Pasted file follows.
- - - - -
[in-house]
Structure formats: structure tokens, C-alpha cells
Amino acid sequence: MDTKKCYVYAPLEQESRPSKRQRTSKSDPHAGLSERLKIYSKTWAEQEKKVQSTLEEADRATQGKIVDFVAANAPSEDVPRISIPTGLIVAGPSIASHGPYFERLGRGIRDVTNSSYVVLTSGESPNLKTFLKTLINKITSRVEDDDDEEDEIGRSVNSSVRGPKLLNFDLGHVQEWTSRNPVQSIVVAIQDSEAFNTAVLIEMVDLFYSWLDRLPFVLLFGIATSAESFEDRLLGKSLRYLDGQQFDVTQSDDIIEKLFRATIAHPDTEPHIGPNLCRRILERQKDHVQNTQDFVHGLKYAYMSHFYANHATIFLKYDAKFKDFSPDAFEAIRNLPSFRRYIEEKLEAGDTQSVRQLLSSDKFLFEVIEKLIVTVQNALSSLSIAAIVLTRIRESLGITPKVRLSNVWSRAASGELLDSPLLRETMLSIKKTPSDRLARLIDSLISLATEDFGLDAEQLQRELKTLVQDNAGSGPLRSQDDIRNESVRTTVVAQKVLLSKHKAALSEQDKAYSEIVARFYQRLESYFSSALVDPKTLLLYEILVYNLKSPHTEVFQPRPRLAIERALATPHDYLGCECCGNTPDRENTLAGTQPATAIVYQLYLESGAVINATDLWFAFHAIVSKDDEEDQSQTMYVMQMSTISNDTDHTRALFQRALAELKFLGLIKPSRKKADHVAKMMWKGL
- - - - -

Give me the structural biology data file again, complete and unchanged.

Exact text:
[in-house]
Structure formats: structure tokens, C-alpha cells
Amino acid sequence: MDTKKCYVYAPLEQESRPSKRQRTSKSDPHAGLSERLKIYSKTWAEQEKKVQSTLEEADRATQGKIVDFVAANAPSEDVPRISIPTGLIVAGPSIASHGPYFERLGRGIRDVTNSSYVVLTSGESPNLKTFLKTLINKITSRVEDDDDEEDEIGRSVNSSVRGPKLLNFDLGHVQEWTSRNPVQSIVVAIQDSEAFNTAVLIEMVDLFYSWLDRLPFVLLFGIATSAESFEDRLLGKSLRYLDGQQFDVTQSDDIIEKLFRATIAHPDTEPHIGPNLCRRILERQKDHVQNTQDFVHGLKYAYMSHFYANHATIFLKYDAKFKDFSPDAFEAIRNLPSFRRYIEEKLEAGDTQSVRQLLSSDKFLFEVIEKLIVTVQNALSSLSIAAIVLTRIRESLGITPKVRLSNVWSRAASGELLDSPLLRETMLSIKKTPSDRLARLIDSLISLATEDFGLDAEQLQRELKTLVQDNAGSGPLRSQDDIRNESVRTTVVAQKVLLSKHKAALSEQDKAYSEIVARFYQRLESYFSSALVDPKTLLLYEILVYNLKSPHTEVFQPRPRLAIERALATPHDYLGCECCGNTPDRENTLAGTQPATAIVYQLYLESGAVINATDLWFAFHAIVSKDDEEDQSQTMYVMQMSTISNDTDHTRALFQRALAELKFLGLIKPSRKKADHVAKMMWKGL